• Nanda

      Hi Sasi Kanth,
      Was wondering if you got answer to your query here. I am also struggling with the fertilizer part of gardening these days :) Please let me know if Bio farm is useful/better than NPK??

      Thanks,
      Nanda

  • Arul

    I have just started my kitchen garden. I want to use cocopeat. Could any one know where cocopeat is available in chennai? Thanks for your help.
    Arul

  • Archana

    Hi,
    Awesome blog. Your work is simply superb.Really want to see your garden. Can you tell me are you from chennai. if you dont mind can i meet you?

  • mr geek gardener
    I was reading your blog from long time but i never planted them and i am not getting what you are saying which is 19 19 19 without name.Can you please tell me what those things.I had planted some plants but they always die due to the soil or some reason so i am not interested in that however seeing your blog i will try them.can you prefer some small plants that may grow fast and even fruits etc.ill be waiting for your reply.

  • HI,
    Do you know if the leaves of baby carrots look any different? i bought several pots of what my neighbor called ‘baby carrots’ from him as he was leaving town. the leaves look exactly like those of palak and i am now wondering if they are indeed baby carrots or radish. Also how do i know when they are ready for harvesting? The neighbor when he left told me they would be ready in abt two weeks and i can dig close to the plant and see if they are . is that the right way or should i wait for them to pop up like your pictures.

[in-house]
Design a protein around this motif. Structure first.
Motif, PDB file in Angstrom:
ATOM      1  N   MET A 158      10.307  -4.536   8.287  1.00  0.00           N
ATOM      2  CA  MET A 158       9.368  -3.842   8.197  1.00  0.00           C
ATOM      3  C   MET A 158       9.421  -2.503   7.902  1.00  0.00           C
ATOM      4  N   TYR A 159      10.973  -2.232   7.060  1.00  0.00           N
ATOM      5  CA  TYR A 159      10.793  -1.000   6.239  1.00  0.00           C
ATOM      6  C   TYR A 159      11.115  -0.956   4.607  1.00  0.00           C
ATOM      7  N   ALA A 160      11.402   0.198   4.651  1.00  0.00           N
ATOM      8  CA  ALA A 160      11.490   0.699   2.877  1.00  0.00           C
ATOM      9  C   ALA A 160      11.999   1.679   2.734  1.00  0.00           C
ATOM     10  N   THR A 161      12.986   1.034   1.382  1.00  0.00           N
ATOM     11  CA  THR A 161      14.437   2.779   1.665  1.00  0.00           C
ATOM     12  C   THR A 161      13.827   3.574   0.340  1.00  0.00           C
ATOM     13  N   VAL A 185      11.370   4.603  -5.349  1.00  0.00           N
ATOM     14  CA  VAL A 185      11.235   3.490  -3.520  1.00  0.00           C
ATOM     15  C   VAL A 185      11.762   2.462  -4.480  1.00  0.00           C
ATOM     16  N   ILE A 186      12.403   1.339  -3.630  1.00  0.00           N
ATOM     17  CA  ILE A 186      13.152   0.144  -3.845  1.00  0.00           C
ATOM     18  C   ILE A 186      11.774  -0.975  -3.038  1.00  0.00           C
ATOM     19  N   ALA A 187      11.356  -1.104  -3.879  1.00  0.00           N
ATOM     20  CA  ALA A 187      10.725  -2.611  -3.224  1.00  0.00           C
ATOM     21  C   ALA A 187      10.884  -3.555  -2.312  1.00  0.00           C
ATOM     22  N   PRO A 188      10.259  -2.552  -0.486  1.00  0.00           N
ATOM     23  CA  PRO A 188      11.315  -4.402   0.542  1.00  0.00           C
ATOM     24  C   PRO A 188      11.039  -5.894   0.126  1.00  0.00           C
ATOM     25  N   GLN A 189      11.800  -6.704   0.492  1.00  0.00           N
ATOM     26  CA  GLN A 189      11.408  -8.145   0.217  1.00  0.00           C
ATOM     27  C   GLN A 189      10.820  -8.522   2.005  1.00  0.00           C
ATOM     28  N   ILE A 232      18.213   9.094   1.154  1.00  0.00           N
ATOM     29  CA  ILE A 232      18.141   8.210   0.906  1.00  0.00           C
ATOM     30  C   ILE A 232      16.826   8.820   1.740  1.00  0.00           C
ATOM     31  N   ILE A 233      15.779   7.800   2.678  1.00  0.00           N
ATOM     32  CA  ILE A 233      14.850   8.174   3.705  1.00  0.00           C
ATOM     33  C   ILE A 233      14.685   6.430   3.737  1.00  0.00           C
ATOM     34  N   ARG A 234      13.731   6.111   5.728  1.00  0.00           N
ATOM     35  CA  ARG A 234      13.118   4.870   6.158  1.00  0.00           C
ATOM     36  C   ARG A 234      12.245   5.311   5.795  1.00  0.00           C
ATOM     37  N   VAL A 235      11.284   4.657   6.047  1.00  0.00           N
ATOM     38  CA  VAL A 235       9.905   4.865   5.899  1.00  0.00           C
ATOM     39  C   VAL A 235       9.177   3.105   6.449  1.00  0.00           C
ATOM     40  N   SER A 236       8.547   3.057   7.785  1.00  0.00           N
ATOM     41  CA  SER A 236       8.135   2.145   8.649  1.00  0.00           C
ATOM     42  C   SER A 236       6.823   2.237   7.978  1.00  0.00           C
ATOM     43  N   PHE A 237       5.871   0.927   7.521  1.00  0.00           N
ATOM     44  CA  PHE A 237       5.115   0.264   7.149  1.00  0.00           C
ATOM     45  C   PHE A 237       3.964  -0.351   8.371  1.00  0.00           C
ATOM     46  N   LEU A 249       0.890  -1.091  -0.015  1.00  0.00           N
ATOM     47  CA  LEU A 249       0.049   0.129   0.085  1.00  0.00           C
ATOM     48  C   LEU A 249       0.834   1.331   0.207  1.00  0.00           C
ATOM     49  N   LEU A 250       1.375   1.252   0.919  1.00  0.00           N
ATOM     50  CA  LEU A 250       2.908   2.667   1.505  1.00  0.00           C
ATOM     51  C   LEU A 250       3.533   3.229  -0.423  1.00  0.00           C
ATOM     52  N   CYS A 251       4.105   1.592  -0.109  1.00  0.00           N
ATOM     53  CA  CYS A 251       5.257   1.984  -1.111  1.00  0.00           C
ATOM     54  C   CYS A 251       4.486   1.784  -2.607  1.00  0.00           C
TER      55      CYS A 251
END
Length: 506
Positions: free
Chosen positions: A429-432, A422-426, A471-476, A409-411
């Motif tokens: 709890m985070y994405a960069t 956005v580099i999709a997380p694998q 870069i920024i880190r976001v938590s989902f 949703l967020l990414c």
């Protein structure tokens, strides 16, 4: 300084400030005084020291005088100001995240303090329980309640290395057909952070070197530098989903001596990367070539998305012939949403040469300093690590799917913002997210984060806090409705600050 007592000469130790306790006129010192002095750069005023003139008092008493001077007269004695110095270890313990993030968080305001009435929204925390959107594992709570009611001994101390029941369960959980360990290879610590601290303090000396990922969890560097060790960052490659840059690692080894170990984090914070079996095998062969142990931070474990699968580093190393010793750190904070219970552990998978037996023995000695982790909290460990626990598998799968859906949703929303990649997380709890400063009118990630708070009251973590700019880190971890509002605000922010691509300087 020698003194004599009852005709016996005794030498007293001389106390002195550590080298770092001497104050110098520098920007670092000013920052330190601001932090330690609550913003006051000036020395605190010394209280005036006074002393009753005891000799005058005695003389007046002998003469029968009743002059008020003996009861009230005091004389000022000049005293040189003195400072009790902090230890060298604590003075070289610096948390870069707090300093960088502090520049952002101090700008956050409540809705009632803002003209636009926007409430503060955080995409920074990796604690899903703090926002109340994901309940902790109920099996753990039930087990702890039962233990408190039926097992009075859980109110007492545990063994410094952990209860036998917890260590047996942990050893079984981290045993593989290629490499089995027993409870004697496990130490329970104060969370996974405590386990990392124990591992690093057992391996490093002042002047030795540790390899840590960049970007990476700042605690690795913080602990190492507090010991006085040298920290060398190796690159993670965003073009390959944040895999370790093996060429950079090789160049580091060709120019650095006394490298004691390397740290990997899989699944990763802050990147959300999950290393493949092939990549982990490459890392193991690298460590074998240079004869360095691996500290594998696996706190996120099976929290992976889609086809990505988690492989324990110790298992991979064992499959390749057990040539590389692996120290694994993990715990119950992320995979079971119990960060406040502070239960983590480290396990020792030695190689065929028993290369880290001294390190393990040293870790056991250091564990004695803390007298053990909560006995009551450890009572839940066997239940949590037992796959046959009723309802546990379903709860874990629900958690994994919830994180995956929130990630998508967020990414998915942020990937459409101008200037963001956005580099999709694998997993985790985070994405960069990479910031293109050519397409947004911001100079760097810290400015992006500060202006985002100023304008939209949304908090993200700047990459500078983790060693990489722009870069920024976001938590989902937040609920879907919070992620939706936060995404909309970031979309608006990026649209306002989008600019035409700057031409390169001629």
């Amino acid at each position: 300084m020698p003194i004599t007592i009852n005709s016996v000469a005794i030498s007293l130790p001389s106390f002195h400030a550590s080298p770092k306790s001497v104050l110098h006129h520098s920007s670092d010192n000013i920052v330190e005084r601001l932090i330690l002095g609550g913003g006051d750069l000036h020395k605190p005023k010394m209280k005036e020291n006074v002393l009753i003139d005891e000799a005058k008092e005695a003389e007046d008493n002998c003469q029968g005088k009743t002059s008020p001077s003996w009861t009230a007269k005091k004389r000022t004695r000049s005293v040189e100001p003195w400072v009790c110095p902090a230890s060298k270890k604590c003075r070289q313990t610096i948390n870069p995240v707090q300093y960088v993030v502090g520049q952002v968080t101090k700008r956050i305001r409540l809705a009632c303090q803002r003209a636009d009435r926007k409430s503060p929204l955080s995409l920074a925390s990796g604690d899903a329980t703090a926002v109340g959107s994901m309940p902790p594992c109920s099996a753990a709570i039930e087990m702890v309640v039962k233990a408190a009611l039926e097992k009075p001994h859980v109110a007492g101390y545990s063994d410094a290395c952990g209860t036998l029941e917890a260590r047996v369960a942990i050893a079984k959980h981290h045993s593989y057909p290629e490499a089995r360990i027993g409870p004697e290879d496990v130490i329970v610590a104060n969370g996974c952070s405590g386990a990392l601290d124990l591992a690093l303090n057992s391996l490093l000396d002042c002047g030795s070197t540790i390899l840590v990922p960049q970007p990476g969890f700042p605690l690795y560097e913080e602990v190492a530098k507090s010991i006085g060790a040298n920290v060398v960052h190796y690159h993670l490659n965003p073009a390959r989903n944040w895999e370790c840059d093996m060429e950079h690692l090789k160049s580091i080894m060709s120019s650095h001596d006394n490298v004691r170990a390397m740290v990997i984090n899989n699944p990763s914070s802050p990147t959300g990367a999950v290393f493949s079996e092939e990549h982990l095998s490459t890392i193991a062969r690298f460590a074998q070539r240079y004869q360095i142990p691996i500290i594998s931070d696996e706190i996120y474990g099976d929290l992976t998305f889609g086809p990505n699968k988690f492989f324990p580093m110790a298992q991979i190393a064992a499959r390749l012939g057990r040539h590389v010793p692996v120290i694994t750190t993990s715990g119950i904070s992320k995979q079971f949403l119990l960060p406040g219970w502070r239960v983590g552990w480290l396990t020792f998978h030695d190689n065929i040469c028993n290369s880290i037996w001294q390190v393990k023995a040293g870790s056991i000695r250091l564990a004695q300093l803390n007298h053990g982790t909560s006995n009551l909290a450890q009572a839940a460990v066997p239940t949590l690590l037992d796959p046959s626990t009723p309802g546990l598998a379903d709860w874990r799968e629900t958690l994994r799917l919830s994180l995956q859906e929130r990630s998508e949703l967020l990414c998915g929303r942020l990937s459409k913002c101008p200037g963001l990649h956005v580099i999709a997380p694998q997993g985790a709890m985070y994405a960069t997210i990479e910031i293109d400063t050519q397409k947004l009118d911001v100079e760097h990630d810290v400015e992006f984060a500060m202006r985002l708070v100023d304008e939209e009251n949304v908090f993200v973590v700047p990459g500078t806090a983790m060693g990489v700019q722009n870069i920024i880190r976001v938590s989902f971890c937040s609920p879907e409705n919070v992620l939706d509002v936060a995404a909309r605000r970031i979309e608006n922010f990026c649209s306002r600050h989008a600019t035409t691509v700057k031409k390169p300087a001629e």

• Chhaya

    Hi GG,

    Please let me know how to grow cauliflowers. I have about 5 to 6 of them planted about almost 2 months back. The plants are in good condition with good green foliage. However, not able to view any head yet. I have heard that Cauliflower grow on the ground but my twig is growing with lateral leaves. Please advice.

    Thanks,
    Chhaya

  • kalleravi

    Hello GG,

    As a beginner I am going to enrich my knowledge by growing more vegitables.

    Going to start the carrot crop. Need somemore guidance from you for the below questions.

    1/ watering – how much and what is the interval of watering required for container(5L container) carrot?
    2/ In this artical you have mentioned that, you have used 19-19-19 first one month. Can’t we use normal vermicompost or panchacavya instead of checmical fertilizer?
    3/ For this crop what is the frequency to provide organic support?
    4/ Since I am growing carrot in my balcony, how much sunlight is required? (in bright sunny day I get around 2 to 3hrs direct sunlight in my balcony)

    I appreciate your kind support.

    Regards,

    Ravi

  • Balaji

    Hai Friends

    Nice to be a part of this blog group. I am also fond of gardening and it is my hobby too. Happened to read this blog when I searched for can we grow carrots in Chennai as there is a say that Chennai is a very hot and humid region and carrots can only be grown in cold place. I live in Chennai and have a roof garden. actually I built boxes along the parapet walls and using those boxes to grow Tomatoes, Brinjal, Chillies, radish, Ladies Finger, Mint leaves, Bottle guard, Snake guard (with poleframes), Flat beans, Bitter guard, Ridge guard, cluster beans and now trying bush beans, black eyed peas and carrot. I also got some seeds of beetroot, Knolkholand going to try. I have also purchased shade clothes and trying. I request everyone of you to give your valuable suggestions.

  • sumedha

    Hi

    Can u pls tell me what are these blue crates u r using for potting?